The Bromotyrosine Derivative Ianthelline Isolated from the Arctic Marine Sponge Stryphnus fortis Inhibits Marine Micro- and Macrobiofouling
- 667 Downloads
The inhibition of marine biofouling by the bromotyrosine derivative ianthelline, isolated from the Arctic marine sponge Stryphnus fortis, is described. All major stages of the fouling process are investigated. The effect of ianthelline on adhesion and growth of marine bacteria and microalgae is tested to investigate its influence on the initial microfouling process comparing with the known marine antifoulant barettin as a reference. Macrofouling is studied via barnacle (Balanus improvisus) settlement assays and blue mussel (Mytilus edulis) phenoloxidase inhibition. Ianthelline is shown to inhibit both marine micro- and macrofoulers with a pronounced effect on marine bacteria (minimum inhibitory concentration (MIC) values 0.1–10 μg/mL) and barnacle larval settlement (IC50 = 3.0 μg/mL). Moderate effects are recorded on M. edulis (IC50 = 45.2 μg/mL) and microalgae, where growth is more affected than surface adhesion. The effect of ianthelline is also investigated against human pathogenic bacteria. Ianthelline displayed low micromolar MIC values against several bacterial strains, both Gram positive and Gram negative, down to 2.5 μg/mL. In summary, the effect of ianthelline on 20 different representative marine antifouling organisms and seven human pathogenic bacterial strains is presented.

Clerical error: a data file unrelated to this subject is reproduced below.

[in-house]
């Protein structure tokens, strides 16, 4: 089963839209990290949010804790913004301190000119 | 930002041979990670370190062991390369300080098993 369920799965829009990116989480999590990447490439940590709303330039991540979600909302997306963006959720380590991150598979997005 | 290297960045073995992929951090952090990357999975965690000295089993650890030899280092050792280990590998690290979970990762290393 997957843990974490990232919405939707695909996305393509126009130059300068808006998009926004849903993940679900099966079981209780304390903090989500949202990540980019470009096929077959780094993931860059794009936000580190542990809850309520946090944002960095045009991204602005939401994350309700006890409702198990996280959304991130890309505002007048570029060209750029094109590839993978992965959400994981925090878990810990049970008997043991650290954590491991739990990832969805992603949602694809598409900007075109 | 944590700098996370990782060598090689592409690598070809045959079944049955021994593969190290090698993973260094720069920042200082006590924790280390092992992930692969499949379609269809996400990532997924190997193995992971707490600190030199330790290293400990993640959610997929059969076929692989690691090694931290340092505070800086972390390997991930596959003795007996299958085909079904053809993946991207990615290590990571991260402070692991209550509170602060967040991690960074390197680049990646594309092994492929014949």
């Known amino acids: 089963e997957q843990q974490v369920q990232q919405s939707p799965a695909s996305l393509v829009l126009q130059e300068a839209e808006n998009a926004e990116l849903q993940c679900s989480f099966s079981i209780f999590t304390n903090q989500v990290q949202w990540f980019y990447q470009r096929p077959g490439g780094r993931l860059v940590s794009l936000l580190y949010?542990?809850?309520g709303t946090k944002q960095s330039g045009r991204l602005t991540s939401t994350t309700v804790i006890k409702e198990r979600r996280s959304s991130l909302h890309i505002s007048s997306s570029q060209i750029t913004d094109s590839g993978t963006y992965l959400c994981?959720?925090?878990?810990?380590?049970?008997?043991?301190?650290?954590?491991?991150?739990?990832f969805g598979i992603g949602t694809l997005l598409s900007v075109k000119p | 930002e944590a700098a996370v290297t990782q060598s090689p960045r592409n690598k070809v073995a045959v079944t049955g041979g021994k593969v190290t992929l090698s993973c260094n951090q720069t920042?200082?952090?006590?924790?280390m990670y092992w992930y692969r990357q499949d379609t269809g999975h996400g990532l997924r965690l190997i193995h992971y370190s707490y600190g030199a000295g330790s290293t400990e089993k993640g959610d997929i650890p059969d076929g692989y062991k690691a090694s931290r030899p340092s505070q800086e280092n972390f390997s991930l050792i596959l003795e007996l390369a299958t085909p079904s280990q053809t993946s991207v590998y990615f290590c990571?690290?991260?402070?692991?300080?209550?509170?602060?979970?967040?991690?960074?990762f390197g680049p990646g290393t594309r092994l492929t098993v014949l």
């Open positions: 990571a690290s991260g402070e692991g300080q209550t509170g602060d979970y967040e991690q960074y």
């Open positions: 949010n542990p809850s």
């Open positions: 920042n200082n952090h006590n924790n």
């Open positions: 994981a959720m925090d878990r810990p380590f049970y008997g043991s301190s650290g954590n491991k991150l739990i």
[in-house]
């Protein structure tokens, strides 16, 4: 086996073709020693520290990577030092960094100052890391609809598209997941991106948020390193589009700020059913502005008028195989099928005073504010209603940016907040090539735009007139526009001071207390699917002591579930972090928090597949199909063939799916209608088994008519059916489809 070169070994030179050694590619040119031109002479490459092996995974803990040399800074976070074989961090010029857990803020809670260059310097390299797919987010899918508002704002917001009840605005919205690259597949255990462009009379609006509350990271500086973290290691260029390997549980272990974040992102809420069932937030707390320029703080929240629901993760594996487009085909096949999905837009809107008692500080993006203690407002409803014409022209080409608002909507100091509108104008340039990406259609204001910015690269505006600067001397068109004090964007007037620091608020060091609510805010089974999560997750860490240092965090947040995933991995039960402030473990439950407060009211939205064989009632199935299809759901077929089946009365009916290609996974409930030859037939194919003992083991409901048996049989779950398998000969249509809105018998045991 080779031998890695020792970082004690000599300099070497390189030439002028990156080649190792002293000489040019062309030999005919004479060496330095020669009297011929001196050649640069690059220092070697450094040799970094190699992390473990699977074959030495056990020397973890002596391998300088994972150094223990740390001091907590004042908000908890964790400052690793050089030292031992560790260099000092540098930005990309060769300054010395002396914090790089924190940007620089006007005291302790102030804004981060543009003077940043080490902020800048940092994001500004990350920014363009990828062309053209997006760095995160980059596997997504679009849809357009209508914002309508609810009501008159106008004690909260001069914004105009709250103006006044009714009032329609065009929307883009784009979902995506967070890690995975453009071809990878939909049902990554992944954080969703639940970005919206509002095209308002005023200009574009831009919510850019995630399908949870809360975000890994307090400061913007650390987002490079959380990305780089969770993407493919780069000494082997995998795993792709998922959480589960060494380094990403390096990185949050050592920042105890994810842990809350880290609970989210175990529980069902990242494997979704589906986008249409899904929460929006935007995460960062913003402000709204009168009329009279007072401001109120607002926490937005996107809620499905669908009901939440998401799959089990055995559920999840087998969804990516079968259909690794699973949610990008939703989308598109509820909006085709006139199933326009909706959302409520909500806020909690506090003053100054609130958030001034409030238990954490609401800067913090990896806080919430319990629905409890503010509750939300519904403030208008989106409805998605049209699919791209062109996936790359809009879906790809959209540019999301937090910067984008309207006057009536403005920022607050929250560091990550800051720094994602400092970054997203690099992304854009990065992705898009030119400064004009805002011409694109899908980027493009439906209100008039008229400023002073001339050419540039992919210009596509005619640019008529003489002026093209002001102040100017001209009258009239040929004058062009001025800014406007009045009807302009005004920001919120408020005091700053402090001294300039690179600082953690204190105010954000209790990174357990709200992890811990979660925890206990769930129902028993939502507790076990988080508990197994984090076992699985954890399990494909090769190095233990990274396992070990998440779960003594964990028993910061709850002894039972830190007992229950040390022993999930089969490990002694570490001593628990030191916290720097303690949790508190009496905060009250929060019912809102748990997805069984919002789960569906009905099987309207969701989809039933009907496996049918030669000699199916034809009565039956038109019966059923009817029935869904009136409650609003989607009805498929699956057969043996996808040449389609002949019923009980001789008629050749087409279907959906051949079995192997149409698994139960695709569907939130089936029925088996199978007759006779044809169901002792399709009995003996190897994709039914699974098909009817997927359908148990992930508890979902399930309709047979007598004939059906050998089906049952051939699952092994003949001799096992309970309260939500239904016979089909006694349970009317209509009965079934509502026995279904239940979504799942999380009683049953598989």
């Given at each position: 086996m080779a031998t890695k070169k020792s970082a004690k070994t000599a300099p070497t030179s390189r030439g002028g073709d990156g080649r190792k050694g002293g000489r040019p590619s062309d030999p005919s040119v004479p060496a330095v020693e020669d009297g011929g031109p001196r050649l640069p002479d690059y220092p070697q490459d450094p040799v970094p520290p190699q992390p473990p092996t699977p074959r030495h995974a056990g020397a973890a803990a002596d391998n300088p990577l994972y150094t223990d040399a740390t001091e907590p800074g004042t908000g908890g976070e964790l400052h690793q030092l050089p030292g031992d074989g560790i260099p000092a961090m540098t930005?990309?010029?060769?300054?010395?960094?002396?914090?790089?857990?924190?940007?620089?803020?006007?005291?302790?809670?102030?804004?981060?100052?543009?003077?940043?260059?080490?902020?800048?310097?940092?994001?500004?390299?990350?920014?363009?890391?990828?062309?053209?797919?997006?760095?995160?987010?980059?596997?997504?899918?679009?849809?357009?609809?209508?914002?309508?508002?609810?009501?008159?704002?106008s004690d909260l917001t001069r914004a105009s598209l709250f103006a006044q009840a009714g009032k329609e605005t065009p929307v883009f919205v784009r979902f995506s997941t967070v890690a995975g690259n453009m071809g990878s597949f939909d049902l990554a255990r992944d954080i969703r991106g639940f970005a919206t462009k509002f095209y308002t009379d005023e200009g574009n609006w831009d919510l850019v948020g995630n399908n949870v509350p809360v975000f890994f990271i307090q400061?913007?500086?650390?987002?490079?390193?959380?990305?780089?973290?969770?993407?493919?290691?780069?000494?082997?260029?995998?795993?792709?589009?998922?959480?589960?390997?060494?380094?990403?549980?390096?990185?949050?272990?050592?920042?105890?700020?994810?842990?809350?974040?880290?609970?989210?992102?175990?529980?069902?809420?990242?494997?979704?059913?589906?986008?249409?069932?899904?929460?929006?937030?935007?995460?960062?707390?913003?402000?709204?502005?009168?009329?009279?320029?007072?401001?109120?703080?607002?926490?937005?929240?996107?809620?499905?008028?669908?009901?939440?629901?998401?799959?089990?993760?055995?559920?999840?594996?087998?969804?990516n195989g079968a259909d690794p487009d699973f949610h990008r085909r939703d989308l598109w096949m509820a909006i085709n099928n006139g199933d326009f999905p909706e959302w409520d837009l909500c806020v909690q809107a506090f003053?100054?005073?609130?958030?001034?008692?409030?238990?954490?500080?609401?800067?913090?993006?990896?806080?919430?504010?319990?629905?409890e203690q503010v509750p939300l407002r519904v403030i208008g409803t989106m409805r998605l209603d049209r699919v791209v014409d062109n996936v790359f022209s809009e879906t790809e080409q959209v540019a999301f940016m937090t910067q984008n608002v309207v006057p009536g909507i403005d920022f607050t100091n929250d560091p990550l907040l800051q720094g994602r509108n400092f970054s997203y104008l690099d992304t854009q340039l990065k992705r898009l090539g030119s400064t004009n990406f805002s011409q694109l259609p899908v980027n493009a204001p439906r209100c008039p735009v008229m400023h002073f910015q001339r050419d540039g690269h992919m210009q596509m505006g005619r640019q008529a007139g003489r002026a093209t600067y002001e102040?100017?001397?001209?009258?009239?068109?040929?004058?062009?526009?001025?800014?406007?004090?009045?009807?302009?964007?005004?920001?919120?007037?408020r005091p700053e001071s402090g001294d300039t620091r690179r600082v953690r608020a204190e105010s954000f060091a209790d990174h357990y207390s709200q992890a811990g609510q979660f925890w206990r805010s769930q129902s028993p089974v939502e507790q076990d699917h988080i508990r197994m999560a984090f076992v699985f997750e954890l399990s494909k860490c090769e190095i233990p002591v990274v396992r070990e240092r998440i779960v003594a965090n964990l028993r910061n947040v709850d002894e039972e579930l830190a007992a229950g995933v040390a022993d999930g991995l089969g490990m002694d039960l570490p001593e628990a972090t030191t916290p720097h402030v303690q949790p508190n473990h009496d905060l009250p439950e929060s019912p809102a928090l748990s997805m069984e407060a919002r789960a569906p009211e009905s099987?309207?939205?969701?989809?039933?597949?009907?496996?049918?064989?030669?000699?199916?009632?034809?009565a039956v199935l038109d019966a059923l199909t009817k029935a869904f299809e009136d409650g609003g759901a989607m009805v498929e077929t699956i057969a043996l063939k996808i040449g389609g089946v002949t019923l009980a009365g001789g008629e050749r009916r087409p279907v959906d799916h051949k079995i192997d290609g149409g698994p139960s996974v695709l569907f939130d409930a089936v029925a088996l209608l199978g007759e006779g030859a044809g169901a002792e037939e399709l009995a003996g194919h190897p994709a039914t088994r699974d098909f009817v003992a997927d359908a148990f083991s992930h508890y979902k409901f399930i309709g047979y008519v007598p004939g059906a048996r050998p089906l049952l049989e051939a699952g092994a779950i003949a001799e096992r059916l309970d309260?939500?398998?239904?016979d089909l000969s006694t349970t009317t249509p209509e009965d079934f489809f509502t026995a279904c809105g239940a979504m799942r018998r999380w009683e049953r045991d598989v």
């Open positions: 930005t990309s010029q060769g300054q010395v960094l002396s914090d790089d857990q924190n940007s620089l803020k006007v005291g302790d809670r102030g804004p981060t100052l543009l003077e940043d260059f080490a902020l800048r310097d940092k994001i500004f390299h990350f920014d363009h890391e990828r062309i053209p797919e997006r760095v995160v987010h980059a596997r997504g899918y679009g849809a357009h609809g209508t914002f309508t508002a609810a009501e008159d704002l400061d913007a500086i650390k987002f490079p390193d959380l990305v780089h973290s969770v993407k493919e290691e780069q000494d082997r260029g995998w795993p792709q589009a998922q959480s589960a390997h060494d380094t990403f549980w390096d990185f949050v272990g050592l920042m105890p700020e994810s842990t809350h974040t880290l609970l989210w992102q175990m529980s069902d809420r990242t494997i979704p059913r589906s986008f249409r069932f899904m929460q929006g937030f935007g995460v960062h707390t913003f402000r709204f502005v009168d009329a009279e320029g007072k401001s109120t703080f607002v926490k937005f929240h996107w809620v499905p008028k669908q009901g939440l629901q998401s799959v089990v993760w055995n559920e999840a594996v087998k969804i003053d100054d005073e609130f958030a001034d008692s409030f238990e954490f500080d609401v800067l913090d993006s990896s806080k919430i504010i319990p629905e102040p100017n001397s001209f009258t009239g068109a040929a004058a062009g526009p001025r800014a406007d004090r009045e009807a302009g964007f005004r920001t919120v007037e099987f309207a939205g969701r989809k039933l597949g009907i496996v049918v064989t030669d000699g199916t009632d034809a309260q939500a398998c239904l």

KeywordsAntifouling Bromotyrosine Ianthelline Marine natural product Sponge metabolite
Marte Albrigtsen is acknowledged for performing the terrestrial bacterial screen, and Robert Andre Johansen is acknowledged for providing the photograph of S. fortis. The authors are further grateful to Dr. Lindon Moodie (UiT) for linguistic support and to Runar Gjerp Solstad (UiT) for purifying a sample of barettin. The study was performed at MabCent which is a centre for research-based innovation at the UiT and supported by the Research Council of Norway, Grant no 174885/130. HP and GC were supported by the Centre for Marine Chemical Ecology at the University of Gothenburg.
- Barnes H, Barnes M (1962) The distribution and general ecology of Balanus balanoides together with some observations on Balanus improvisus in the waters around the coasts of Denmark, southern Sweden and north-east Germany. Acta Uni Lund 58:1–41Google Scholar
- Dahms HU, Hellio C (2009) Laboratory bio-assays for screening marine antifouling compounds. In: Hellio C, Yebra DM (eds) Advances in marine antifouling coatings and technologies. Woodhead Publishing, New YorkGoogle Scholar
- Lohner K, Sevcsik E, Pabst G (2008) Liposome-based biomembrane mimetic systems: implications for lipid-peptide interactions. In: Liu AL (ed) Advances in planar lipid bilayers and liposomes. Elsevier, AmsterdamGoogle Scholar
- Okoro HK, Fatoki OS, Adekola FA, Ximba BJ, Snyman RG (2011) Sources, environmental levels and toxicity of organotin in marine environment-a review. Asian J Chem 23:473–482Google Scholar